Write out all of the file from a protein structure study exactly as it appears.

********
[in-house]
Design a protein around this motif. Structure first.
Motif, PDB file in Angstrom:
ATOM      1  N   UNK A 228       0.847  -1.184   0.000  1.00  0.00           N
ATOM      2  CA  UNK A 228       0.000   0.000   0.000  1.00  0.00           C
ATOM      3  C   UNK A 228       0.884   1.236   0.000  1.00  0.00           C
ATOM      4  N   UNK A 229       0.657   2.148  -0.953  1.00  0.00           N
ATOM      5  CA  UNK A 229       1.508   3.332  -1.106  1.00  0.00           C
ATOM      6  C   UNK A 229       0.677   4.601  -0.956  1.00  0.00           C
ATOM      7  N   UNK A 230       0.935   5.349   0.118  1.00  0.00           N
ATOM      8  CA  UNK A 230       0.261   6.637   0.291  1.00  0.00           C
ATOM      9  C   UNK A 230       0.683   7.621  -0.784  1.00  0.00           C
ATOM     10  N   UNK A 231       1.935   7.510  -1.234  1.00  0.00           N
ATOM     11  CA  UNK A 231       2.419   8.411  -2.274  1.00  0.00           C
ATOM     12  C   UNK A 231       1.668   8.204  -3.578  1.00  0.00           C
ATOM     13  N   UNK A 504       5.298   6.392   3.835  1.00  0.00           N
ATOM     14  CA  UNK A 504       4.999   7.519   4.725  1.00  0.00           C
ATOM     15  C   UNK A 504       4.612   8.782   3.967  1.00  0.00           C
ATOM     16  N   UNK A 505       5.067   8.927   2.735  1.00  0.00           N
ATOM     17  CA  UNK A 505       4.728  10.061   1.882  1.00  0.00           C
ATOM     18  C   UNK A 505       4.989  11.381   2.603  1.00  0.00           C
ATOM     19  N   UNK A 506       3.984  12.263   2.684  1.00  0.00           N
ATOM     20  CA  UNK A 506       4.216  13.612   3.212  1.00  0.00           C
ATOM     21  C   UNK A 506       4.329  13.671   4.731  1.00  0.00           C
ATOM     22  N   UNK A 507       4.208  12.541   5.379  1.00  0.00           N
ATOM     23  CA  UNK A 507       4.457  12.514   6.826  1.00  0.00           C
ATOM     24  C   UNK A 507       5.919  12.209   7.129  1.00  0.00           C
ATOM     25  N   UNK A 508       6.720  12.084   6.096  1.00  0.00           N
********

[in-house]
Design a protein around this motif. Structure first.
Motif, PDB file in Angstrom:
ATOM      1  N   UNK A 228       0.847  -1.184   0.000  1.00  0.00           N
ATOM      2  CA  UNK A 228       0.000   0.000   0.000  1.00  0.00           C
ATOM      3  C   UNK A 228       0.884   1.236   0.000  1.00  0.00           C
ATOM      4  N   UNK A 229       0.657   2.148  -0.953  1.00  0.00           N
ATOM      5  CA  UNK A 229       1.508   3.332  -1.106  1.00  0.00           C
ATOM      6  C   UNK A 229       0.677   4.601  -0.956  1.00  0.00           C
ATOM      7  N   UNK A 230       0.935   5.349   0.118  1.00  0.00           N
ATOM      8  CA  UNK A 230       0.261   6.637   0.291  1.00  0.00           C
ATOM      9  C   UNK A 230       0.683   7.621  -0.784  1.00  0.00           C
ATOM     10  N   UNK A 231       1.935   7.510  -1.234  1.00  0.00           N
ATOM     11  CA  UNK A 231       2.419   8.411  -2.274  1.00  0.00           C
ATOM     12  C   UNK A 231       1.668   8.204  -3.578  1.00  0.00           C
ATOM     13  N   UNK A 504       5.298   6.392   3.835  1.00  0.00           N
ATOM     14  CA  UNK A 504       4.999   7.519   4.725  1.00  0.00           C
ATOM     15  C   UNK A 504       4.612   8.782   3.967  1.00  0.00           C
ATOM     16  N   UNK A 505       5.067   8.927   2.735  1.00  0.00           N
ATOM     17  CA  UNK A 505       4.728  10.061   1.882  1.00  0.00           C
ATOM     18  C   UNK A 505       4.989  11.381   2.603  1.00  0.00           C
ATOM     19  N   UNK A 506       3.984  12.263   2.684  1.00  0.00           N
ATOM     20  CA  UNK A 506       4.216  13.612   3.212  1.00  0.00           C
ATOM     21  C   UNK A 506       4.329  13.671   4.731  1.00  0.00           C
ATOM     22  N   UNK A 507       4.208  12.541   5.379  1.00  0.00           N
ATOM     23  CA  UNK A 507       4.457  12.514   6.826  1.00  0.00           C
ATOM     24  C   UNK A 507       5.919  12.209   7.129  1.00  0.00           C
ATOM     25  N   UNK A 508       6.720  12.084   6.096  1.00  0.00           N